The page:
Suppliers shall develop and implement the systems and tools to comply with these Guidelines as quickly as possible. In no case shall a supplier use any conflict minerals in the functionality or production of a product supplied to T‑Mobile without first having implemented such systems and tools.
T‑Mobile has an important role to play in the responsible sourcing of wood fiber-based products, including all paper and paperboard packaging material used by T‑Mobile. These Guidelines seek to ensure responsible sourcing of wood fiber paper and paperboard packaging for our operations.
Suppliers are expected to use wood fiber in the most efficient and optimal manner possible, and:
- Maximize the use of recycled fibers where these are the most environmentally and socially responsible options and where technical specifications and availability allow for their use.
- Work with suppliers to identify paper products and paperboard packaging that make the most efficient use of fiber inputs.
- Minimize the use of paper-based records.
To support these Paper Sourcing Guidelines, suppliers must participate in the Directed Paper Buy Program either by purchasing from stocks selected by T‑Mobile that meet these requirements above or by providing fully transparent reports on the paper or paperboard used.
For non-recycled products and materials suppliers should ensure that all virgin wood, pulp, and fibers used in the manufacture of paper products and paperboard packaging are procured from sources that:
- Comply with T‑Mobile’s Supplier Code of Conduct.
- Comply with all applicable laws and regulations of the countries in which they operate, especially those pertaining to wood harvesting, production, and transport processes.
- Avoid sourcing from a region impacted or associated with human rights violations included in the World Bank’s Harmonized List of Fragile Situations (external) .
Where a known or greater risk of forest conversion or deforestation is identified through OECD (external) or other NGO reporting, T‑Mobile will require suppliers to obtain certifications from independent organizations such as the Forest Stewardship Council to ensure that all virgin wood, pulp, and fibers used in the manufacture of paper products and paperboard packaging are procured from sources that:
- Do not engage in deforestation, defined as the conversion of natural forests to plantation or non-forest use such as agriculture or development.
- Protect source forests that are known to contain or are suspected of containing High Conservation Values1, including peatland ecosystems.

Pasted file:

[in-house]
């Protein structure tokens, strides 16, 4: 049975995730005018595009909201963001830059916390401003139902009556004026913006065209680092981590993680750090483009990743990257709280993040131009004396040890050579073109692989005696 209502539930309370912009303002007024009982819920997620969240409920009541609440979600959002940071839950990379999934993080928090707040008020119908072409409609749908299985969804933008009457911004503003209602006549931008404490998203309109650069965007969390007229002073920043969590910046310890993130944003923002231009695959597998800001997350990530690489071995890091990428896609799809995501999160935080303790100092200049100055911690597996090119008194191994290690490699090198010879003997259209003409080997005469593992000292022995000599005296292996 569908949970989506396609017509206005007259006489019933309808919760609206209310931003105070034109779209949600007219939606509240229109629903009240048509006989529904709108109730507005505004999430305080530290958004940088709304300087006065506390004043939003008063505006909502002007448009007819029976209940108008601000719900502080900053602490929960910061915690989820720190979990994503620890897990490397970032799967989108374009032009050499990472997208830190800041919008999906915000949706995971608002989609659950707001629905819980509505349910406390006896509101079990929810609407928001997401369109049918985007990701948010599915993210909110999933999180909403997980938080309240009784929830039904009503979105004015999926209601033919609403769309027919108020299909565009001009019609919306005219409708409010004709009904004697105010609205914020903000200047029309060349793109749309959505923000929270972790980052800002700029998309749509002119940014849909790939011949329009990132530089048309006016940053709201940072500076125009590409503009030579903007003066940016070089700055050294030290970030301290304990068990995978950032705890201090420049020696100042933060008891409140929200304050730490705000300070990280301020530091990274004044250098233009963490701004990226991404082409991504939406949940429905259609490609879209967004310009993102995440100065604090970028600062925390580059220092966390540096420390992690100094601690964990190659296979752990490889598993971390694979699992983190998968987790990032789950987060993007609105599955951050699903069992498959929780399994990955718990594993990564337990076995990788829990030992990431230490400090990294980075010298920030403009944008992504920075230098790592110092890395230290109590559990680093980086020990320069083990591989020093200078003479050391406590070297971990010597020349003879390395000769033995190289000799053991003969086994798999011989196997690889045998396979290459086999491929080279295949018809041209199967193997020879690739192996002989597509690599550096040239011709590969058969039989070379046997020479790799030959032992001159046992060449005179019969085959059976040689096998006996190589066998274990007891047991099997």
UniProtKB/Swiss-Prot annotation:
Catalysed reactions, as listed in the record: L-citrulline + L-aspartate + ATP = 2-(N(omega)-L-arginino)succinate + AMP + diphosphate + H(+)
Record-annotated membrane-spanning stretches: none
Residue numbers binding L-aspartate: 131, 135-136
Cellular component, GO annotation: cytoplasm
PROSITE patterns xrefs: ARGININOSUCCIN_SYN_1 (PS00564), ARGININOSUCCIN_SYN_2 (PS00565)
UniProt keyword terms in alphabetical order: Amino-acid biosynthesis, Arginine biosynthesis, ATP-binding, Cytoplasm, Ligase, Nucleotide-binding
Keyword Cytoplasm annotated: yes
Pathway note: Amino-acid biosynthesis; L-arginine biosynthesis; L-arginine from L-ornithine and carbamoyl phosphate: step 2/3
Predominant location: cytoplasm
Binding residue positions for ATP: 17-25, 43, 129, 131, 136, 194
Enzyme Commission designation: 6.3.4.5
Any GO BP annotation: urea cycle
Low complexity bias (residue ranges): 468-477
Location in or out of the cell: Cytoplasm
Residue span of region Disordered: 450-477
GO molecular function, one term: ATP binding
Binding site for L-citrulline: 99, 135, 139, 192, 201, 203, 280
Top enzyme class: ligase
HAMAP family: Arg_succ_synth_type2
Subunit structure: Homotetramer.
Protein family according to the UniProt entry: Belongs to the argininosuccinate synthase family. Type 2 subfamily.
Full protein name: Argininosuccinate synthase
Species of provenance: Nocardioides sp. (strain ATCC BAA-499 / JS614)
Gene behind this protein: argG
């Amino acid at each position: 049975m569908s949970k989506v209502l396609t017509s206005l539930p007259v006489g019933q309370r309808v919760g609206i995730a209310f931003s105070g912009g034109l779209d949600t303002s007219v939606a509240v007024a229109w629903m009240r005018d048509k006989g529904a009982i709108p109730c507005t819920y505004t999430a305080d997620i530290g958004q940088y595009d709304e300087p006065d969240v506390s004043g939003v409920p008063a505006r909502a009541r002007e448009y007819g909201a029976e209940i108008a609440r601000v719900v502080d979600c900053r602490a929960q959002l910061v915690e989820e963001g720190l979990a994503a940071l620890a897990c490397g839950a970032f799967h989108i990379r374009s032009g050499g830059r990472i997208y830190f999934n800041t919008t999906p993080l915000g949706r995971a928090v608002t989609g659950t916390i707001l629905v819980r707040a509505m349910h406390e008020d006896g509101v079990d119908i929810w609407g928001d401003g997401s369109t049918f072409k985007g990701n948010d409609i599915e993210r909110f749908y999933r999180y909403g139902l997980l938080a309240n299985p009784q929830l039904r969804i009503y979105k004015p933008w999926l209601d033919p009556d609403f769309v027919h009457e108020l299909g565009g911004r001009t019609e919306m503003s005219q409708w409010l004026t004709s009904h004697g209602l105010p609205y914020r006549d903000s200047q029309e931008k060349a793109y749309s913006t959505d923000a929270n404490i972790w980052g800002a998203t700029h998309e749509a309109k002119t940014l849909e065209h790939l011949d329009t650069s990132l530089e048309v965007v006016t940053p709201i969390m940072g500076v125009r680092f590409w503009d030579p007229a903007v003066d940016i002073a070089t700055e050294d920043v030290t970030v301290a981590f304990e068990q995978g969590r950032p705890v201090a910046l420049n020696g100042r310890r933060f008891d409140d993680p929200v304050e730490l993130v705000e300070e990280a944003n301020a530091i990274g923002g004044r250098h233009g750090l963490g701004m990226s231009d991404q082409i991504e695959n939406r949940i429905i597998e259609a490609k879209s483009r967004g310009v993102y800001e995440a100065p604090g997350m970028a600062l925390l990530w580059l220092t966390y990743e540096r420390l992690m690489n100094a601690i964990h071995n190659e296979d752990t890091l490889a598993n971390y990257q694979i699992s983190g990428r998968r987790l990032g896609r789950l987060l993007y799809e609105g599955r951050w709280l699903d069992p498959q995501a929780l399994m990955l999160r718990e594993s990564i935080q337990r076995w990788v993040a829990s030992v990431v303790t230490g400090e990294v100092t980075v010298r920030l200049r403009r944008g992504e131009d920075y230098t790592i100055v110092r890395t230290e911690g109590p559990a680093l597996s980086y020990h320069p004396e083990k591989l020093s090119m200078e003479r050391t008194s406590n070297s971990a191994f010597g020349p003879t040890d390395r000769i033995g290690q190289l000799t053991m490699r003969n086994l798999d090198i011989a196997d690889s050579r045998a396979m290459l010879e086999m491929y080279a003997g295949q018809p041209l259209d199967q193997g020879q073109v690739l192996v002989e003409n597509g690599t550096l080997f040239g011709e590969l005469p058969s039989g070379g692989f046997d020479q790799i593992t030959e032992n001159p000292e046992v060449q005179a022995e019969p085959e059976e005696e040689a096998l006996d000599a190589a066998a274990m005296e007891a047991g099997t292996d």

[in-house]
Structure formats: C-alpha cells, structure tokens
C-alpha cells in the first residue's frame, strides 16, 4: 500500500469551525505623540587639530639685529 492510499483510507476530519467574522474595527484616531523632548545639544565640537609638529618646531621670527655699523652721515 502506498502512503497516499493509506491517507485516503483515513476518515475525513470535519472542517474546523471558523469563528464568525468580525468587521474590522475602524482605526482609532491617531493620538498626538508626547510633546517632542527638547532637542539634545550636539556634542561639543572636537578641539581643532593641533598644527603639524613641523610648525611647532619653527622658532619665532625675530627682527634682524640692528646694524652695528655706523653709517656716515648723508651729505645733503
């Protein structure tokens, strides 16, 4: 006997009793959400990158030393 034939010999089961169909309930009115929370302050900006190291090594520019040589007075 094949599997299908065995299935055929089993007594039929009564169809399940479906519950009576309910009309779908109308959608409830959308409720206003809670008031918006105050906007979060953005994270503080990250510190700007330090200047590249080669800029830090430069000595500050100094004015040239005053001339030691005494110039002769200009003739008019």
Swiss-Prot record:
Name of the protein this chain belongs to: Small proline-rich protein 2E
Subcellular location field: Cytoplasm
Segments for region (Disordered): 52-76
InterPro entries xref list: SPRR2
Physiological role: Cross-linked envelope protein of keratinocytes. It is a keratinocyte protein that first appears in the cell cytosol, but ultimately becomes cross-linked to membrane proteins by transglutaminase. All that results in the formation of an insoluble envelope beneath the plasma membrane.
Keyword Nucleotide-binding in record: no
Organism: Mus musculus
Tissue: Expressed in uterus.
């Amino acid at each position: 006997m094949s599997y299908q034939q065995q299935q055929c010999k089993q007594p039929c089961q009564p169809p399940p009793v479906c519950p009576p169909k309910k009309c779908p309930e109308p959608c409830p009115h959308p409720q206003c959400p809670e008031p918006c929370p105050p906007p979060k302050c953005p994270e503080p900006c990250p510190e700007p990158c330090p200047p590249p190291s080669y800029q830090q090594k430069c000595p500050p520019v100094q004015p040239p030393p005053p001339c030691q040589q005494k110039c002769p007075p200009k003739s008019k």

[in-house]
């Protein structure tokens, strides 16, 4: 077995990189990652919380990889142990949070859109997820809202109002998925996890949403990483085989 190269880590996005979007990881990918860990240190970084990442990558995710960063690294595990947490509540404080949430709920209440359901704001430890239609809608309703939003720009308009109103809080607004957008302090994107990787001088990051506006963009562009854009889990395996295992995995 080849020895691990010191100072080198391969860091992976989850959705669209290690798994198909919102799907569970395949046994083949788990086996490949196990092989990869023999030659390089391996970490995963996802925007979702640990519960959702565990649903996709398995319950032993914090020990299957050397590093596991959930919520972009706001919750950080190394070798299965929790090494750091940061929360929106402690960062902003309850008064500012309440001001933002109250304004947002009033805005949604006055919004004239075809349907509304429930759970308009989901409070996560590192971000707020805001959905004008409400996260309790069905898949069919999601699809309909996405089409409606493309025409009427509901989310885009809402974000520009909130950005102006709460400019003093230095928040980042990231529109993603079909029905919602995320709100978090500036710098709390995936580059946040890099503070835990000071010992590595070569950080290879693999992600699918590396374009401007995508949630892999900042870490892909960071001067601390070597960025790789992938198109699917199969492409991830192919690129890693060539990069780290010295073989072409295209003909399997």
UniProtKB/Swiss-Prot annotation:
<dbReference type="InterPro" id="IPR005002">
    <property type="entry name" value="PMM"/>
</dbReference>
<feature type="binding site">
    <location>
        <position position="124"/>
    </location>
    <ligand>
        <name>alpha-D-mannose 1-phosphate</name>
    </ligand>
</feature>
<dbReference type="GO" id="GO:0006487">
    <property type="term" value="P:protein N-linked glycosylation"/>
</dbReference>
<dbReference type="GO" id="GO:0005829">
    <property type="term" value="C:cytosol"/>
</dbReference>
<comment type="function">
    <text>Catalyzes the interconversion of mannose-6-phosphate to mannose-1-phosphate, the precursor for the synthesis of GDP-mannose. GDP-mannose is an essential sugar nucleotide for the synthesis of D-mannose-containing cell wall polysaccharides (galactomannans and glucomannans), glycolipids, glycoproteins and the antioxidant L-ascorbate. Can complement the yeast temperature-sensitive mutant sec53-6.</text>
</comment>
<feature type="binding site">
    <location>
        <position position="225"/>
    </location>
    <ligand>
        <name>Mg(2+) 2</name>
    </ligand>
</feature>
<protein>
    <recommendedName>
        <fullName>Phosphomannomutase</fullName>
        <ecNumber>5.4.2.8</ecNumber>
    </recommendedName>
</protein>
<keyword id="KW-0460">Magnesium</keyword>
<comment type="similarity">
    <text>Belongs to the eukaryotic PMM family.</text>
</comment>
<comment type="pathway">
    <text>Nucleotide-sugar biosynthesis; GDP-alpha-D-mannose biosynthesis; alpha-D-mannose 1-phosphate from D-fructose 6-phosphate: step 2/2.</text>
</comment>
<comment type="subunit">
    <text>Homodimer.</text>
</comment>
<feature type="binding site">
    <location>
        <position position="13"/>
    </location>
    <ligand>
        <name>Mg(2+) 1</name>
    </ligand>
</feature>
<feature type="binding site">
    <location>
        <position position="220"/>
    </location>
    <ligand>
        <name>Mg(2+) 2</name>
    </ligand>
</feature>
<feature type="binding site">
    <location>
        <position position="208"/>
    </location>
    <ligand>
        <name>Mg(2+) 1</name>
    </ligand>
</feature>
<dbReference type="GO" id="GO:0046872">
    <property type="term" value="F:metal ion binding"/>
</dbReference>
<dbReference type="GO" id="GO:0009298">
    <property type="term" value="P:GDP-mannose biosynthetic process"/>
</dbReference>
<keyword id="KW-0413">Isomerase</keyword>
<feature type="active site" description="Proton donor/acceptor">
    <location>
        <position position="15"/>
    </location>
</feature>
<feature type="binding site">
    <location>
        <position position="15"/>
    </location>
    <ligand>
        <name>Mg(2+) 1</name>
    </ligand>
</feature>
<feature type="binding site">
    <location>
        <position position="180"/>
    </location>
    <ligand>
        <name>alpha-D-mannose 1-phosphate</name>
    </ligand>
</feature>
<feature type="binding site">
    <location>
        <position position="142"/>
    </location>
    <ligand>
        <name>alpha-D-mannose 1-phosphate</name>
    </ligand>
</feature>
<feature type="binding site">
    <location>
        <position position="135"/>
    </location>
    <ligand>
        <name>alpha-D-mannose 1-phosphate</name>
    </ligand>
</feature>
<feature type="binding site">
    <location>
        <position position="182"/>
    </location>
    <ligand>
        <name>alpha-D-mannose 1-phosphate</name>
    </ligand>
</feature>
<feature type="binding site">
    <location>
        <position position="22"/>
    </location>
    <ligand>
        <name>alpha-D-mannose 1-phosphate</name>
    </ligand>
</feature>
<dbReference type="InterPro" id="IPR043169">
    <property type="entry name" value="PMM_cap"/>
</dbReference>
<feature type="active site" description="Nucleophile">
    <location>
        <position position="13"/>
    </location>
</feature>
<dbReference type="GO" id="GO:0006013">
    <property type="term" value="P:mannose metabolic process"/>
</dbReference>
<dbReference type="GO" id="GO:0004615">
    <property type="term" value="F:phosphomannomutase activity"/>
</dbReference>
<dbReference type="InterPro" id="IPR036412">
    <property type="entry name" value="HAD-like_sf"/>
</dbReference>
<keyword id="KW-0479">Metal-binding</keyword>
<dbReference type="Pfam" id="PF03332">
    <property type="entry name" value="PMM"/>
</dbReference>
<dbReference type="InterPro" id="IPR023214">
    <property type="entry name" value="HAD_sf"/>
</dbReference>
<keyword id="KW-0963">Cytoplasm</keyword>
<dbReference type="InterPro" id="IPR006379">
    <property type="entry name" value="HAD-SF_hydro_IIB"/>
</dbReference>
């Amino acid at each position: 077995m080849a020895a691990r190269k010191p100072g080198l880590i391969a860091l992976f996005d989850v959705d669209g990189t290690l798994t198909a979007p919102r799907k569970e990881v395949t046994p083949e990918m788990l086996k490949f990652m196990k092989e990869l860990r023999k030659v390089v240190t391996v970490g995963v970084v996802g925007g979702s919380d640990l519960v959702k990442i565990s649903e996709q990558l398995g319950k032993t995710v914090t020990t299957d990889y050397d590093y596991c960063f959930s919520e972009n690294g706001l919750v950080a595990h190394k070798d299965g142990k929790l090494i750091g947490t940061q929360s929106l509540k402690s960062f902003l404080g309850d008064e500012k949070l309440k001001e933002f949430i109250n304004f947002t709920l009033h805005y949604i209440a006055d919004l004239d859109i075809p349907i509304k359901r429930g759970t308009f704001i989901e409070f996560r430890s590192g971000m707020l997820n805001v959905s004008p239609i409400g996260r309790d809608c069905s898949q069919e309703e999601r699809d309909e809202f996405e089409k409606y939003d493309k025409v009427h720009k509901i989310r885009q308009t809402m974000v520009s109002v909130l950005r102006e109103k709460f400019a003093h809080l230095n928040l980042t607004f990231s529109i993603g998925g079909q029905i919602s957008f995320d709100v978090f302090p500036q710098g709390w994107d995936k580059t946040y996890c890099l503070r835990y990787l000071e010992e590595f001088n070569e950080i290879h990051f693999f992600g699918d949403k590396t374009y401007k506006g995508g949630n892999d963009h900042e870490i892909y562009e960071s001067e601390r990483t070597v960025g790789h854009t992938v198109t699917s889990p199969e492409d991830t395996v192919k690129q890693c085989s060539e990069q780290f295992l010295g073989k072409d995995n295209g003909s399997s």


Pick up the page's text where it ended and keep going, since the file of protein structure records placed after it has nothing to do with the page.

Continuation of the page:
- Respect land tenure rights and the rights of indigenous and local communities to give or withhold their free, prior, and informed consent to operations on lands to which they hold legal, communal, or customary rights. New or existing conflicts, including conflicts resulting from a lack of free, prior, and informed consent should be managed and resolved through a transparent, balanced, and accessible dispute resolution process.
- Provide full transparency of the fiber supply chain back to the forest source, using a robust and verifiable traceability system.
Additionally, T‑Mobile will show preference to suppliers who demonstrate industry best practices in the following key areas:
- Mill and printer environmental performance, including but not limited to energy usage (amount and type), ink usage (amount and type), air and water emissions, bleaching processes (use of chlorine), and chemical waste disposal.
- Responsible forest management, including but not limited to good forest planning, minimization of impacts from road building and logging, protection of riparian and wetland areas, support for local communities, and responsible chemical usage.
- Inclusion and support of small landholders in the supply chain.
- Increasing energy-efficiency and reducing water use.
T‑Mobile will periodically audit suppliers for compliance with these Guidelines and may monitor performance against applicable laws, regulations, industry best practices, and NGO standards or reporting. Any deficiencies identified must be corrected timely. Any violations of these Guidelines, when applicable, may jeopardize your business relationship with T‑Mobile up to and including termination of that relationship.
See something, say something!
Concerns or suspected T‑Mobile Policy or Guideline violations may be reported to the T‑Mobile Integrity Line.
1 As defined by the High Conservation Value Network, https://www.hcvnetwork.org/.As adopted on 11/13/2017. Internal approver: VP, Technology Procurement & Bus Ops